I tapped the calendar insistently with my index finger.
“Where is it?” I asked. “It’s supposed to be right here.”
My kids looked at me, befuddled. “What’s supposed to be there?”
Panic rose inside me as I comprehended what was missing — what was surely irretrievably missing.
“A week!” I said. “There’s supposed to be another full week between now and Christmas! Half a fortnight, a quarter of a month. It’s gone!”
This is not the first time I’ve lost a full week in December. Every year, in fact, it goes missing, sitting calmly in plain sight, before vanishing without warning. I suspect you may have experienced this nasty phenomenon as well.
It’s quite unnerving, to think I’m on track with my schedule, then have that elusive week just erased from existence. It’s the week I’m supposed to finish my Christmas shopping, do my gift wrapping, make crafty doohickeys to decorate the wrapped gifts, knit hats for my loved ones.
Work projects with end-of-year deadlines are to be completed during the missing week. The pets are supposed to go to the vet. Oh, the list goes on.
Where does it go? Do I have a counting problem? I know seven days equals one week, yet I could have sworn there were two weeks sandwiched between today and Christmas. Yet, as mysterious as the birth of Christ Himself, a wormhole is created between Dec. 1 and Dec. 25, sucking precious time into a black hole. And the days aren’t the only thing missing — that week’s paycheck seems to have vanished along with the time.
Father Time must get a chuckle, watching me count days on my fingers over and over again. Perhaps he gifted my missing week to the Aztecs, hiding it away in their cryptic round calendar. Maybe the world would have, indeed, ended with the final days of the Aztec calendar, if modern moms’ missing weeks hadn’t been tacked onto the end of it.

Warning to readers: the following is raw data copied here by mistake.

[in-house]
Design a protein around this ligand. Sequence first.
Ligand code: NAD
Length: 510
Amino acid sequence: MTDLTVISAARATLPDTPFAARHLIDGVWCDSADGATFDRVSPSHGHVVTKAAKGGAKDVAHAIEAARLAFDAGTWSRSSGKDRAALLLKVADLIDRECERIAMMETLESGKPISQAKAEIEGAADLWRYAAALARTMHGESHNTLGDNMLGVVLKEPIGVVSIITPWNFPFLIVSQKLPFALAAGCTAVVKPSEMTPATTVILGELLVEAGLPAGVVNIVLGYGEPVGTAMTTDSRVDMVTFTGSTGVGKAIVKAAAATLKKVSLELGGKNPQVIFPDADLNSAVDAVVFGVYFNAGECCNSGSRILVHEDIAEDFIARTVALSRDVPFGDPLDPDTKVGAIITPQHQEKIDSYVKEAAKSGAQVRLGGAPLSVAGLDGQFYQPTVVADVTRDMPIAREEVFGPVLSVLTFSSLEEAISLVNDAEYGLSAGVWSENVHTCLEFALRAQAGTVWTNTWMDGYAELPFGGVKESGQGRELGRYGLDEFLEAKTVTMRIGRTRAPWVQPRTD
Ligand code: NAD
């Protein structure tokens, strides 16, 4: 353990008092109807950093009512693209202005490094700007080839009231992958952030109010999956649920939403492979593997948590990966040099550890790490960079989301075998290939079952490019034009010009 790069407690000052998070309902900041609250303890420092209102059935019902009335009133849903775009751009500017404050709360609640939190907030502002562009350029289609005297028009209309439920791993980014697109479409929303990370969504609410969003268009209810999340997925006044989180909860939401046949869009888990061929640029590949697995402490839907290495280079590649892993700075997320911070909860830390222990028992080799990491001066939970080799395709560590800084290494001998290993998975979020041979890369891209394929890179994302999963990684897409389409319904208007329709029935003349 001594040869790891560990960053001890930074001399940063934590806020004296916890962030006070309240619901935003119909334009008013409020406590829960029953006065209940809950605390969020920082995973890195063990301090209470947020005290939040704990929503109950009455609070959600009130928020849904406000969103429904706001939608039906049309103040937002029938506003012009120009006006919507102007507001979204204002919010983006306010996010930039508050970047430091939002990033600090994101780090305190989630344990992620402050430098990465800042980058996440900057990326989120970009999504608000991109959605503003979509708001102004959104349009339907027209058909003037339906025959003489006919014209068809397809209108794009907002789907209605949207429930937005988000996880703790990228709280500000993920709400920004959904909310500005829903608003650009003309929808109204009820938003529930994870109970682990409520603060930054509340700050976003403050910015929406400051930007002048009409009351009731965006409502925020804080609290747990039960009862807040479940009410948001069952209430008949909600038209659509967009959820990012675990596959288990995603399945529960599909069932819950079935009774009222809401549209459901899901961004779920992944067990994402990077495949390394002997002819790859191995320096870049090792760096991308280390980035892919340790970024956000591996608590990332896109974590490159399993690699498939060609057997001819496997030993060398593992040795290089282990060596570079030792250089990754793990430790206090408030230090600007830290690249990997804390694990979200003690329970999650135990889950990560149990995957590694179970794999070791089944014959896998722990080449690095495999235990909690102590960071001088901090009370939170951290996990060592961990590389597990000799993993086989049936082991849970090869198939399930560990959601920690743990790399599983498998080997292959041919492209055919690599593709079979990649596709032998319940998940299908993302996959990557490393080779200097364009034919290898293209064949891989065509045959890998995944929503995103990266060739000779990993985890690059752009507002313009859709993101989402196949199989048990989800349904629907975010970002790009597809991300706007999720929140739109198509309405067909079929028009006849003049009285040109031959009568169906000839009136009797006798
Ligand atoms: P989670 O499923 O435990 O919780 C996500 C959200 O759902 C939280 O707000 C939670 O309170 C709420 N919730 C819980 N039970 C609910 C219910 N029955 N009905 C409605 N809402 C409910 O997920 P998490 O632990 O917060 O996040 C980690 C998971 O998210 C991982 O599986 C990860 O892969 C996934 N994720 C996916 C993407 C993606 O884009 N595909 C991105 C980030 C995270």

Or it could be that our extra time in December was actually reallocated — gifted, even — to the children. Haven’t you noticed that in December, while over-extended adults search frantically for more time, their children are counting as the days go by agonizingly slowly, ticking them off on their Advent calendars? For them, the magic of Christmas morning looms far, far away in the distance.
What a curious juxtaposition this week must be for teachers, who themselves surely feel its absence. Yet, as a teacher’s December passes by in double time, the kids they teach are experiencing the slowness of passing time that can only come from an unexpected string of days being plopped onto their calendar, separating the kids from their winter break full of merriment and celebrations.
I’ll be heading to the mall tonight — to cram in some of that holiday shopping I’d scheduled for my missing week, and I think I’ll stop by ole Santa’s setup while I’m at it. I’m going to sit on his lap and ask for just one thing. A 2016 calendar. I will inspect this calendar when it arrives, carefully counting the days of December. If I’ve been a very good girl, perhaps Santa will give me some bonus days. Perhaps next year, I’ll find that week.
Overland Park mom Emily Parnell writes alternate weeks. Reach her at firstname.lastname@example.org. On Twitter: @emilyjparnell